That’s not to say the press has been useless. The Washington Post investigation into accusations against Senate candidate Roy Moore for sexual misconduct of minors helped Democrat Doug Jones win the Alabama seat in an unprecedented upset. But while the press has had some victories in the Trump era, our current political moment has been characterized at least as much by institutional failures as by successes.

Of course, Hollywood shows democracy’s failures. The Post is all about presidents lying to the American people. It also dwells on Katherine Graham’s close friendship with Secretary of Defense Robert McNamara. Upper-class networks connecting powerful people can dilute press coverage. In the final scene of the film, Streep-as-Graham acknowledges that the press isn’t perfect, but earnestly tells Hanks-as-Bradlee that they just must keep pushing ahead. Bradlee folds his arms and says, with righteous satisfaction, “That’s the job.”

But for The Post, as for Hollywood films in general, democratic failures are transitory; democratic victories are the lasting truth. The stories always end on a high note, with corruption revealed and the heroes sharing a knowing smile. The moral is that evil is defeated, that good people of good will eventually triumph, and that American democracy will win out.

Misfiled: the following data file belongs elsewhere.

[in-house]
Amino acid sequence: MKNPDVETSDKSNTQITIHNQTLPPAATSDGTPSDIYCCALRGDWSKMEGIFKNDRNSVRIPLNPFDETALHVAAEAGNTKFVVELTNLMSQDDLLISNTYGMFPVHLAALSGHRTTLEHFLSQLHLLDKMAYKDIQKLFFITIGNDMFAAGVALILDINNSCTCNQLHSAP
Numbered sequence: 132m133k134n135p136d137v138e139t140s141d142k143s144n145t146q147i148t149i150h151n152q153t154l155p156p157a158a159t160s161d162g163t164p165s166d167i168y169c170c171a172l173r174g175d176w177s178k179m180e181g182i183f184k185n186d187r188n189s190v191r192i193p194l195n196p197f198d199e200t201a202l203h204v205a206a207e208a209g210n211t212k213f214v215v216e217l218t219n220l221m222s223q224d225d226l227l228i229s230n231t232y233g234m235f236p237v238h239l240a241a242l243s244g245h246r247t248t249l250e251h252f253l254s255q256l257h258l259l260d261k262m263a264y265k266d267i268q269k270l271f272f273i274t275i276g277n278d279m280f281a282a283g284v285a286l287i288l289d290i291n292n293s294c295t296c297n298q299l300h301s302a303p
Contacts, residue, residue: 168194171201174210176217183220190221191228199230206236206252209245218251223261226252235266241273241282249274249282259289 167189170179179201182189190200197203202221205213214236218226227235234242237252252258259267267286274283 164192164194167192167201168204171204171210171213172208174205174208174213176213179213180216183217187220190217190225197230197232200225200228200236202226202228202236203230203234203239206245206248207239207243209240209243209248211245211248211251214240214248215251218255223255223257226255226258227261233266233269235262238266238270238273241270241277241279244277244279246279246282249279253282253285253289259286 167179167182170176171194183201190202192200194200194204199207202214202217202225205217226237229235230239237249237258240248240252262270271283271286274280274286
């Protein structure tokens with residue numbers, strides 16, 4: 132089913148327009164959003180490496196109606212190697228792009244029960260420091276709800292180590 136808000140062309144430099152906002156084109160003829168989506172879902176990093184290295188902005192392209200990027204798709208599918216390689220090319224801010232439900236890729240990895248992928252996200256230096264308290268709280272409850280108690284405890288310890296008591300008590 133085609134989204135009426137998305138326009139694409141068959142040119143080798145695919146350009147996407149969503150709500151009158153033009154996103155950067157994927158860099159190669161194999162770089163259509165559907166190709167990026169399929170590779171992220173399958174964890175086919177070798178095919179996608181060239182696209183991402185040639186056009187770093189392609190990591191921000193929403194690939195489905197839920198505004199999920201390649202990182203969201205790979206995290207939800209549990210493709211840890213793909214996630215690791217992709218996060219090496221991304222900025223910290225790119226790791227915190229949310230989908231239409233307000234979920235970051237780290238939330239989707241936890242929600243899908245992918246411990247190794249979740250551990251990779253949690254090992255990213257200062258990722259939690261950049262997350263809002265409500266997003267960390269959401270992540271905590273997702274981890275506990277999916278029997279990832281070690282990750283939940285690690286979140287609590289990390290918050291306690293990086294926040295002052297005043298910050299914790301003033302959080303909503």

The problem is that this is not true—and it leaves us without imaginative resources when democracy fails. Spielberg shows the emancipation of enslaved people in Lincoln (2012)—but what kind of victory was that, exactly, when black people continued to be oppressed for another 150 years, right up through the present day? The Post is thrilled that the press held the government accountable for Vietnam. But we’re currently engaged in an apparently endless conflict in Afghanistan and a little-reported, utterly immoral war in Yemen. We got rid of Nixon, but now we have Trump. Maybe the history of the U.S. isn’t a triumphant march toward the dawn. Maybe it’s brief flashes of democracy, quickly smothered by the overwhelming weight of injustice.

Some may find this overly pessimistic, even in 2017. But there’s no doubt that democracy in America has been, at best, a wavering proposition, with numerous setbacks and gruesome failures. Yet in film, we rarely see those setbacks, or grapple with them honestly. The tyranny of happy endings erases the spectacle of actual tyranny. The collage of good people doing the right thing obscures the many occasions where bad people—or for that matter, good people—do the wrong thing.

With Trump in the White House, targeting marginalized groups for hate and repression and prosecuting journalists and protesters, we need something more than parables of success. We need stories about failure. How has the press participated in spreading racism and imperial propaganda? How has it bolstered the authoritarian impulses of the president? What important stories have newspapers missed, and how have they misled the public? The Post insists that the press will protect us. That’s comforting. But in the face of injustice, we don’t need comfort. We need to know what it looks like when institutions let us down.